There are three classes of significant phonological elements in
Comanche — consonants, vowels and final features. 1 Among the con-
sonants, each oral stop (and the affricate) has, underlyingly, the
shape of a single stop. Final features affect these stops in such a
way that, depending on the stop, the result is a two-, three-, or four-
way surface contrast. The nasals are affected by final features in a
somewhat different way.
Vowels occur in three surface forms: short, long, and voiceless.
Voiceless vowels arise from short, unstressed vowels. The most
common position for stress is the first syllable of the word. Excep-
tions to this pattern are marked with an acute accent over the
The structure of the typical morpheme is CVCV, but there are
The phonological elements are presented in table 2.1. Table 2.2
presents the transcription I use for the allophones of many of the
consonants and vowels.
2.1.1. Final features
Final features is the term used by students of the Numic lan-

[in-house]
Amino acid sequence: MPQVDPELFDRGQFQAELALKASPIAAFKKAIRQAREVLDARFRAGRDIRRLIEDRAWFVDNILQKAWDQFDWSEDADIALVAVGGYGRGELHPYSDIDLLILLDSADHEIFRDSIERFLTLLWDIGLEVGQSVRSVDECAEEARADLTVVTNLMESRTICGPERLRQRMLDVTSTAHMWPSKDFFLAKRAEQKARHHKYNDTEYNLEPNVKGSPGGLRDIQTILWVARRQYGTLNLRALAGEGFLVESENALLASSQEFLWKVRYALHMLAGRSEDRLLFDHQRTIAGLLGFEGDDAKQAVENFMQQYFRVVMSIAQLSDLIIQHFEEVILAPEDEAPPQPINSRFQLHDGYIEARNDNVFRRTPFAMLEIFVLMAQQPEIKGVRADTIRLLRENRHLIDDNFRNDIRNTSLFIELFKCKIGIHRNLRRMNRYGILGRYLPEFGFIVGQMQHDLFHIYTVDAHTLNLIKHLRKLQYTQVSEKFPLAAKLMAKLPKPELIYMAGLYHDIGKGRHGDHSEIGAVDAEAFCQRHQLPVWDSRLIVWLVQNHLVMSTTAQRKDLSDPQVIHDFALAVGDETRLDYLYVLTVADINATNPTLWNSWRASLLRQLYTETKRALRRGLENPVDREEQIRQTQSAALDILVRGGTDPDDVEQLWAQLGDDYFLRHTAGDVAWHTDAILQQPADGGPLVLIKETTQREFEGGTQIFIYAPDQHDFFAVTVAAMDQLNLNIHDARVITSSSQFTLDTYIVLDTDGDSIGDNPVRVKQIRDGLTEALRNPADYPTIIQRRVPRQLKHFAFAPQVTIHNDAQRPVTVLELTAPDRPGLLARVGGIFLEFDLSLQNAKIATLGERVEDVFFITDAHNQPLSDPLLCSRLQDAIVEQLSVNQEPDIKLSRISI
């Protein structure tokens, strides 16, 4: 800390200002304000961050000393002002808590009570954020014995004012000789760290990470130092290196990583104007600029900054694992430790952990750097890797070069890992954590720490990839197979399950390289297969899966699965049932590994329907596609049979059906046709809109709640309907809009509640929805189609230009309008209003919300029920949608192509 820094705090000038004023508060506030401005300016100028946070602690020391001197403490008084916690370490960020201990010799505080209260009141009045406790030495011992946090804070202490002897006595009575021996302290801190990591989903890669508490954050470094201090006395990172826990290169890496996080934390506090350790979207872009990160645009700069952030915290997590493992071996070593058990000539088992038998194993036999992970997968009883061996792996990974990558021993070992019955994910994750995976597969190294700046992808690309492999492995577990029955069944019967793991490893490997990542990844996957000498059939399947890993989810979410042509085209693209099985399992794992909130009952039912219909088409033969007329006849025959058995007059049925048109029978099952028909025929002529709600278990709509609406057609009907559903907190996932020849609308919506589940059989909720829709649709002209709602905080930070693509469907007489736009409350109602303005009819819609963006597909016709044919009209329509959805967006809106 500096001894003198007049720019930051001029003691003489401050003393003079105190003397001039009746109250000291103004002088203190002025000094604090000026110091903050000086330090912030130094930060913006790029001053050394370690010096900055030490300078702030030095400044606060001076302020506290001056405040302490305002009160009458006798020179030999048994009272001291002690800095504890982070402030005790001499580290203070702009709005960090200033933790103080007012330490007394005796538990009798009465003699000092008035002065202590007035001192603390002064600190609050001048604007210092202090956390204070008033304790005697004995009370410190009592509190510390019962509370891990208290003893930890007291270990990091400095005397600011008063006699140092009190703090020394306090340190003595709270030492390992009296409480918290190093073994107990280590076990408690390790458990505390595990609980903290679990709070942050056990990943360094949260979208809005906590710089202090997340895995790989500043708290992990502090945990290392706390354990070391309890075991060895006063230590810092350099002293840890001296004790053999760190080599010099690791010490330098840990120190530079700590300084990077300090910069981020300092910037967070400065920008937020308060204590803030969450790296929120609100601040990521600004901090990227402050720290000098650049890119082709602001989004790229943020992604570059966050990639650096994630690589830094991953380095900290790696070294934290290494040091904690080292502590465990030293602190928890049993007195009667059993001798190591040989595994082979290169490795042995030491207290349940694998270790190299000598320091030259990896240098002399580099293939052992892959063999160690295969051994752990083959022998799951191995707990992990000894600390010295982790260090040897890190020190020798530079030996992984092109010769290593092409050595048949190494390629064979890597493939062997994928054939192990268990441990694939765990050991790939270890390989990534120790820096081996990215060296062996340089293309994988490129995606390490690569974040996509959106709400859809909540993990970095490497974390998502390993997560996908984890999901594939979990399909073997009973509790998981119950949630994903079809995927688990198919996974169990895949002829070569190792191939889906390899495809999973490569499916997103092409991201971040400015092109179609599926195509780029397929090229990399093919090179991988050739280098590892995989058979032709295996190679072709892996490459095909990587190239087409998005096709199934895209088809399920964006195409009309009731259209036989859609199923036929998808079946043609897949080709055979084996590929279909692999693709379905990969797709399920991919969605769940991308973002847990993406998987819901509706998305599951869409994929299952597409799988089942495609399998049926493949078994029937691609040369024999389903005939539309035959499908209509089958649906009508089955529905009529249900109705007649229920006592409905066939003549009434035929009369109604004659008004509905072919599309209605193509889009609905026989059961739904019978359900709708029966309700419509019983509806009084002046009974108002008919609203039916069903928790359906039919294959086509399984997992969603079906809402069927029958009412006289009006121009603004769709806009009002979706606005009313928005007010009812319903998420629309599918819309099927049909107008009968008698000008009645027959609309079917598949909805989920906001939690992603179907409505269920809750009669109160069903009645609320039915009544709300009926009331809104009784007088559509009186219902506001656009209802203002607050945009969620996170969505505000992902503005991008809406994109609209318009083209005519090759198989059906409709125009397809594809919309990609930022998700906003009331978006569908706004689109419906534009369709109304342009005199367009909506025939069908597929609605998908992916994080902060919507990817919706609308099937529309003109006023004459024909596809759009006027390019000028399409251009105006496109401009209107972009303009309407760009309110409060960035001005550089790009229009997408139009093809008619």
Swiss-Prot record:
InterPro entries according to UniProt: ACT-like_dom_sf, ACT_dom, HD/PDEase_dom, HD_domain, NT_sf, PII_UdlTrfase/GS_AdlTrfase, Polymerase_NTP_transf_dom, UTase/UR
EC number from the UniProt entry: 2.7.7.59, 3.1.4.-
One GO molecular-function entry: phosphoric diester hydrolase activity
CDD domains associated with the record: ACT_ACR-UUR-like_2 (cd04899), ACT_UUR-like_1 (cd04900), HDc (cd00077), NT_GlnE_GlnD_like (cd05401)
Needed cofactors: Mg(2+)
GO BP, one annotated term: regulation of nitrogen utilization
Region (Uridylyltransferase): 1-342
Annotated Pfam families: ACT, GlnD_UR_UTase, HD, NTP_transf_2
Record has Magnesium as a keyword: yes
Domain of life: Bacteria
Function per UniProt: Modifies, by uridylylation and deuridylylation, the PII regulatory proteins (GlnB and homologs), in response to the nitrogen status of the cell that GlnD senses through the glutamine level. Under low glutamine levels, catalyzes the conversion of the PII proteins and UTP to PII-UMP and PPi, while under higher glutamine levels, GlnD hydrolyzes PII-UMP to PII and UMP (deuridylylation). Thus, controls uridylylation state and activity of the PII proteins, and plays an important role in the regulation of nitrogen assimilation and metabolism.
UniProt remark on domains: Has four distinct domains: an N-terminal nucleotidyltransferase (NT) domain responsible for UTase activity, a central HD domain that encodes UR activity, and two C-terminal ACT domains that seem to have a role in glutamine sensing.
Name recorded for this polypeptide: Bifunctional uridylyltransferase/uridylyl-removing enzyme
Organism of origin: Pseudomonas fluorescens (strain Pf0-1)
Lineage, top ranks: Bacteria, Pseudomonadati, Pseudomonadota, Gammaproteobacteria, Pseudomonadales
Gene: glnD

guages to designate a form of morphologically conditioned conso-
nant gradation found in those languages. The term describes a phe-
nomenon whereby the shape of a consonant (such as lenis, fortis,
prenasalized, and so forth) is determined by a feature posited to ter-
minate the stem or affix that immediately precedes the consonant
intervocalically, and between words in rapid speech (i.e., when not
interrupted by a pause). The term is rather misleading, because
consonants within morphemes are similarly affected, and because in
some cases the initial consonant of a stem or affix may have an in-
variant shape. When the initial consonant has an invariant shape,
it is said to "begin" with a final feature. Precisely which consonants
Table 2.1. Phonological Elements
bilabial dental palatal velar labiovelar glottal
p t, ts k kw 9
LENGTH (Vowel length is indicated by doubled vowels.)
FINAL FEATURES lenis fortis preaspirated aspirated
(no mark) - = -H -h
STRESS (Stress is marked ' when noninitial.)
Table 2.2. Phonetic Forms of Some Phonological Elements
t, ts k
Charney, Jean Ormsbee. 1993. A Grammar of Comanche.
London/Lincoln: University of Nebraska Press.